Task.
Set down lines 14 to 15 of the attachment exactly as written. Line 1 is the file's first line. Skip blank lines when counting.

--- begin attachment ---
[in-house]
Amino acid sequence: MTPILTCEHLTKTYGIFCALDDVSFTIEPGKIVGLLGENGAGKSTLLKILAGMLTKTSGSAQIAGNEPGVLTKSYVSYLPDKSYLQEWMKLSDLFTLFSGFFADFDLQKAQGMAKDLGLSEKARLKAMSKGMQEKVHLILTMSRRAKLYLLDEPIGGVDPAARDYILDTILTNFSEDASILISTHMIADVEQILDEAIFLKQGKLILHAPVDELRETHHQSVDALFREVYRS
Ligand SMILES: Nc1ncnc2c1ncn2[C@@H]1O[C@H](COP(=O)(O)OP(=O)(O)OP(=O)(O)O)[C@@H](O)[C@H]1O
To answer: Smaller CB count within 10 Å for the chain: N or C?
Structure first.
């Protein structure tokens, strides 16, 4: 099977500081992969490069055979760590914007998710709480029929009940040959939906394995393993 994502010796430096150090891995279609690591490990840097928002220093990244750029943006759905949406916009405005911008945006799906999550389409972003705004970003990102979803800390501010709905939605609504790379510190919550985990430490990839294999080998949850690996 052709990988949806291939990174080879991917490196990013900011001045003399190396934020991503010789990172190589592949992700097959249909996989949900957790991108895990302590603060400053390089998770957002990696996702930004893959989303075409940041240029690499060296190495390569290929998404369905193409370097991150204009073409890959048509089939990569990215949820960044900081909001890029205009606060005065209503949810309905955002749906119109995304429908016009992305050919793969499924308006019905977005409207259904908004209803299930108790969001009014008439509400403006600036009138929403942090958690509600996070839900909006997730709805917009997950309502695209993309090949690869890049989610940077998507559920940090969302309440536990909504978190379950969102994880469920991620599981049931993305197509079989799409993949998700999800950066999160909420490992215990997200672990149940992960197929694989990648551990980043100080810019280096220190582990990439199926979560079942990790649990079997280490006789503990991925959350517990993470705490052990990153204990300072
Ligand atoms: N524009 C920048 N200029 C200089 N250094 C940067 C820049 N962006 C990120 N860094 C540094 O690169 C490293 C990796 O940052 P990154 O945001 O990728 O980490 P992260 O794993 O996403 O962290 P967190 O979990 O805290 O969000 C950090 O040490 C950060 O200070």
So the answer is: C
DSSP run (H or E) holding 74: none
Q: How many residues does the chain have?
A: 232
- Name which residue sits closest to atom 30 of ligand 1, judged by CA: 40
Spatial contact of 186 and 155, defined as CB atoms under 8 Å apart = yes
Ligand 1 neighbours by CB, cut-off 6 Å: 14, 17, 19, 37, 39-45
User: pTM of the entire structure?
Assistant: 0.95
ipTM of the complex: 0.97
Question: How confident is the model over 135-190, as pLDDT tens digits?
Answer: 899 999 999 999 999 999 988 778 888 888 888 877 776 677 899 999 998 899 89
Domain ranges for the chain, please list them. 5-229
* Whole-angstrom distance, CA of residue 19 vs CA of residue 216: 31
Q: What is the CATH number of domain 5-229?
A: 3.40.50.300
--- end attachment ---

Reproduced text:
Ligand 1 neighbours by CB, cut-off 6 Å: 14, 17, 19, 37, 39-45
User: pTM of the entire structure?